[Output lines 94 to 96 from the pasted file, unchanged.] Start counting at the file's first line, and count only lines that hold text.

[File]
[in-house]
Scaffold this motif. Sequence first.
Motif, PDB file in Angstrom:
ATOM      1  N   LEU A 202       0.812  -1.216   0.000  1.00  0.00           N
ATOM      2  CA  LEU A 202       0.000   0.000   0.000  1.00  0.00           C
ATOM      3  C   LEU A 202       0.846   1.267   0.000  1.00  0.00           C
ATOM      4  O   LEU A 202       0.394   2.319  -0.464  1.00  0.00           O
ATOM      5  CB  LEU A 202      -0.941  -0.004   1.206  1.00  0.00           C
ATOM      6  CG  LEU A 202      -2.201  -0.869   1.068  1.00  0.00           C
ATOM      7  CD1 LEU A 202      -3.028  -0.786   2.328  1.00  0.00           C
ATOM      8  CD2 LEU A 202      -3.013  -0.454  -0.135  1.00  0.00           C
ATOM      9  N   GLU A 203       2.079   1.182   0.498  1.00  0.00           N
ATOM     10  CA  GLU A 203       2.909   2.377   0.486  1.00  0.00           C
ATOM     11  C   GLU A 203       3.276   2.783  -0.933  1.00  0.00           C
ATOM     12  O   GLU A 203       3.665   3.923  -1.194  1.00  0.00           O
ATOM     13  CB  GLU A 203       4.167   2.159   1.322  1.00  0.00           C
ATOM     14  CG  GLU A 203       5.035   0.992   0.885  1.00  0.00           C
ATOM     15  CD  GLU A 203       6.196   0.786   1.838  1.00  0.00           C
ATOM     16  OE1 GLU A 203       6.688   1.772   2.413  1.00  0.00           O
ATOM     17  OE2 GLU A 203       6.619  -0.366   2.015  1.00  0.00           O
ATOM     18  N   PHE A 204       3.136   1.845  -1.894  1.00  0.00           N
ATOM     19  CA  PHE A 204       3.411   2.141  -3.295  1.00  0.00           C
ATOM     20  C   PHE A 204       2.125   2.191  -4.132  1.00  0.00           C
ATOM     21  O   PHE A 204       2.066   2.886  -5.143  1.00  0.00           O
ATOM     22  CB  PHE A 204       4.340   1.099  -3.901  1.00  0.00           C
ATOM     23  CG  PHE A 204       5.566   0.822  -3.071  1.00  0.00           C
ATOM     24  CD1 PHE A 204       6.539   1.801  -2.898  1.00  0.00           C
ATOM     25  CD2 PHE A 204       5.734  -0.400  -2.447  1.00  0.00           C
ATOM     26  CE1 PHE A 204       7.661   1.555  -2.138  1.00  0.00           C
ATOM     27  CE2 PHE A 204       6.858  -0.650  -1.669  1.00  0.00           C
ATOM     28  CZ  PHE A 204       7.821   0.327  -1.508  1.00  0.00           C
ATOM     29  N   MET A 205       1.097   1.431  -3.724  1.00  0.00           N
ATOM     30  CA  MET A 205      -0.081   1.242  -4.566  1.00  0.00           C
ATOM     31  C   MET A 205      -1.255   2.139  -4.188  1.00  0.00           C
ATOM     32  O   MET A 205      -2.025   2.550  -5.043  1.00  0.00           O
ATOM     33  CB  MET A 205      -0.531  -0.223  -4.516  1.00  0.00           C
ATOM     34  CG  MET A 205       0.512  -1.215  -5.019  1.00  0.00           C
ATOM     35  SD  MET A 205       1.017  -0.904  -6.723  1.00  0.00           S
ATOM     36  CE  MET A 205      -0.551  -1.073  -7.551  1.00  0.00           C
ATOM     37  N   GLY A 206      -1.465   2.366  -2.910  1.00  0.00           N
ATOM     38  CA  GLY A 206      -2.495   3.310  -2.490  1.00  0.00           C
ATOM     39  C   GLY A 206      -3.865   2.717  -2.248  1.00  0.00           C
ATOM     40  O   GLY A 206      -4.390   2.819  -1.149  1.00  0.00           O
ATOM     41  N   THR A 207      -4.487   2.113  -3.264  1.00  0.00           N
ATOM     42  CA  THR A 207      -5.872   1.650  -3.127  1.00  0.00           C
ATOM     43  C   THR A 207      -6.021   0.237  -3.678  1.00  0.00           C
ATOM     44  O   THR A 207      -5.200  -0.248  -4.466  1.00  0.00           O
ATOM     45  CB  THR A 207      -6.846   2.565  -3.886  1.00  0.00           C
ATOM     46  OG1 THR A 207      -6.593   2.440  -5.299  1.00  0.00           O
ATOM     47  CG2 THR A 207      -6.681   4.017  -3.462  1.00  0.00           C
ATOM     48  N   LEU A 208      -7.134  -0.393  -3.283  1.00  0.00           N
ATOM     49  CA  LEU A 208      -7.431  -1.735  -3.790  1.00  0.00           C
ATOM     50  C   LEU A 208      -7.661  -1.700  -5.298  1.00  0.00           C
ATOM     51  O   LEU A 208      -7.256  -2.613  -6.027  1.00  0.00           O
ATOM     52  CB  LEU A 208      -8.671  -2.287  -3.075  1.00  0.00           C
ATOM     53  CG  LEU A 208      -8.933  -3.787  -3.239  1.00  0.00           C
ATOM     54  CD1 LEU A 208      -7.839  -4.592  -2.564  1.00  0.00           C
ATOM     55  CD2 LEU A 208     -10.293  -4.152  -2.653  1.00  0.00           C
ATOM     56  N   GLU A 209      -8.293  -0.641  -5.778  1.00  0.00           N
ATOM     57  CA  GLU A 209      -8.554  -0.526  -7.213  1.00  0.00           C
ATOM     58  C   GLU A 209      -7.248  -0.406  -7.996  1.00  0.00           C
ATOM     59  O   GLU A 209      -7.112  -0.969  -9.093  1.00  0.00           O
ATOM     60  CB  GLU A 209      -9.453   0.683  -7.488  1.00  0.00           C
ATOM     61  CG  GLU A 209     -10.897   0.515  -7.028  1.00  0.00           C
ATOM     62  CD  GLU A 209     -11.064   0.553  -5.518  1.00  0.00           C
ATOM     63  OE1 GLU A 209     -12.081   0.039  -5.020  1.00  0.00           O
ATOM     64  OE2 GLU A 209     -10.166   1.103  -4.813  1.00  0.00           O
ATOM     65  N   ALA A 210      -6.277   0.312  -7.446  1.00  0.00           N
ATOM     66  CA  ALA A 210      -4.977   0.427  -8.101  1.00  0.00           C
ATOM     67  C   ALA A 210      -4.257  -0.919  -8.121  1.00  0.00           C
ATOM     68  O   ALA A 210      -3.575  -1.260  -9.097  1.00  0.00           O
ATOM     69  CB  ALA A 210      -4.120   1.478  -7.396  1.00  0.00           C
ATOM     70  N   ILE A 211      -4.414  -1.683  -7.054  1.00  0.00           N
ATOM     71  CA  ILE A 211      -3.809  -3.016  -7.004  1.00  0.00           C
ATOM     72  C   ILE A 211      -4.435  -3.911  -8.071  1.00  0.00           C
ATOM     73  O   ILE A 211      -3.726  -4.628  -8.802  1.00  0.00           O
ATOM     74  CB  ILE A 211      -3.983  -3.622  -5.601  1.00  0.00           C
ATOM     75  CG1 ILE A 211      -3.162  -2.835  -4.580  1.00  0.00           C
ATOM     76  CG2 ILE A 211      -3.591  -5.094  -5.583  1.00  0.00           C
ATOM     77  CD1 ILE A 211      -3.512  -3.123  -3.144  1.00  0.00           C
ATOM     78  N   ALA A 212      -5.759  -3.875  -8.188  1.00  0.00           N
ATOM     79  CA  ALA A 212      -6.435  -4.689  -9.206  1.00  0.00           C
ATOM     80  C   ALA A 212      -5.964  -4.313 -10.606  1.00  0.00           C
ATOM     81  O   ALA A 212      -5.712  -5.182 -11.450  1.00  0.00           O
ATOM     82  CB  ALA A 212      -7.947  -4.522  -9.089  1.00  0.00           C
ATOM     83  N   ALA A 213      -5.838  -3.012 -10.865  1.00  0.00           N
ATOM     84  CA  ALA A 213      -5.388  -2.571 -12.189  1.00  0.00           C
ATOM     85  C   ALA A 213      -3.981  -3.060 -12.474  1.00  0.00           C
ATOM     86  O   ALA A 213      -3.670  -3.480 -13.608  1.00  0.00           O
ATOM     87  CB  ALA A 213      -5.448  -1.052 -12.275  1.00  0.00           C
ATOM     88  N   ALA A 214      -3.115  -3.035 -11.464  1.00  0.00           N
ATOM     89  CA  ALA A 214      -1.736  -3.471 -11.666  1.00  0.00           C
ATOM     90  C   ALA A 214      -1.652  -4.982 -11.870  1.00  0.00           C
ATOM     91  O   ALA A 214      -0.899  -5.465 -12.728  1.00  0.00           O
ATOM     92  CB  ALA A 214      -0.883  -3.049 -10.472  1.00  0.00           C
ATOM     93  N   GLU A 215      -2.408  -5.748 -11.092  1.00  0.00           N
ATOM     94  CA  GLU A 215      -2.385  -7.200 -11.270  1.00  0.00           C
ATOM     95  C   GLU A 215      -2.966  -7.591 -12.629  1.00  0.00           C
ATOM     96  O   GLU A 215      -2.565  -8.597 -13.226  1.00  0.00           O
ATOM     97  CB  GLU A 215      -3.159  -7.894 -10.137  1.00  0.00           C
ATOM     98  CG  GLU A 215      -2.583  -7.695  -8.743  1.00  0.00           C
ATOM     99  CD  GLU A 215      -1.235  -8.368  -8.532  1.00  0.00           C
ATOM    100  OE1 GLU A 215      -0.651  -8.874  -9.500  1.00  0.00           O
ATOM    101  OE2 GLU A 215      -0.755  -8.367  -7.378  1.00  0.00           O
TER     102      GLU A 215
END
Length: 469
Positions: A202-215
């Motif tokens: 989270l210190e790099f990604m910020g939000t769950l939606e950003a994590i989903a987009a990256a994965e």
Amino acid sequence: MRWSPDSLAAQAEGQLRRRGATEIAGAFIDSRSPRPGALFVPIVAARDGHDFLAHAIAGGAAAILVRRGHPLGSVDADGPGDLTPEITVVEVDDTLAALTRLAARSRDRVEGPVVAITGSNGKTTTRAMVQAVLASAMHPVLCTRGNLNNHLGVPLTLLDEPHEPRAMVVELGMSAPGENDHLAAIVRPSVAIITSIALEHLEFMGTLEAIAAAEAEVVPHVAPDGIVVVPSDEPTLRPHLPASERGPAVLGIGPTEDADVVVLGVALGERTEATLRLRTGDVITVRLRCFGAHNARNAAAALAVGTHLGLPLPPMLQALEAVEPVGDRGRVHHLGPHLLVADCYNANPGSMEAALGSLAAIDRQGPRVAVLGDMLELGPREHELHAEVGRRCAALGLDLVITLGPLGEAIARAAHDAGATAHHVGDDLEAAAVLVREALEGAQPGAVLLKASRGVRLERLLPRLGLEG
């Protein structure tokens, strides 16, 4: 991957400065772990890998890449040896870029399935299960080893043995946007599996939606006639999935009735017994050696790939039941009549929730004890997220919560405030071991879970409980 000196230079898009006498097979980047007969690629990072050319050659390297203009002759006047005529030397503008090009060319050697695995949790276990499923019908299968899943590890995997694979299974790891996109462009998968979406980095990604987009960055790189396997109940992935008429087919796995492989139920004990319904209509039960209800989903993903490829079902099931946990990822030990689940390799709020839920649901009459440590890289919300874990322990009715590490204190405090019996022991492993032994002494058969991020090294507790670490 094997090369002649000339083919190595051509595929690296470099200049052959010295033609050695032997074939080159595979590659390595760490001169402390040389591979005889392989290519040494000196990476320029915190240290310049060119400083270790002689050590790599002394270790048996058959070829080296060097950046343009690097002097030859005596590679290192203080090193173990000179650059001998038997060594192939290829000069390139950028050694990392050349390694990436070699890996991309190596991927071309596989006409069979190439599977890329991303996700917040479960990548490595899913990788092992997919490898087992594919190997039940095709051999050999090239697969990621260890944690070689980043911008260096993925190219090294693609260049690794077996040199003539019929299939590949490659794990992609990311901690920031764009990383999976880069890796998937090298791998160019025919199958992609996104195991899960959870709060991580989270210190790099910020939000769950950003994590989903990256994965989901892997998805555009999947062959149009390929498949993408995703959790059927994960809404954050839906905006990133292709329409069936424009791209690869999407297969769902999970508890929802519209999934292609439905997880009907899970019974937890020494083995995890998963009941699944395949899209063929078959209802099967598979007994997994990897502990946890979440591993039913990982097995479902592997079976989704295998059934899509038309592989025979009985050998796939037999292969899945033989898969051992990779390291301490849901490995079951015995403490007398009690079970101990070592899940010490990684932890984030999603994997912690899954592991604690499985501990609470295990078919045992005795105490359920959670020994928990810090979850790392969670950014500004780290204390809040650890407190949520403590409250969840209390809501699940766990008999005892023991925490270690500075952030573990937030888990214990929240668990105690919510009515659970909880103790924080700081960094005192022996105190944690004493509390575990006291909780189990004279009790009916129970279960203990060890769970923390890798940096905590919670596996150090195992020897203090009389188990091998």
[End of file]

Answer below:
ATOM     91  O   ALA A 214      -0.899  -5.465 -12.728  1.00  0.00           O
ATOM     92  CB  ALA A 214      -0.883  -3.049 -10.472  1.00  0.00           C
ATOM     93  N   GLU A 215      -2.408  -5.748 -11.092  1.00  0.00           N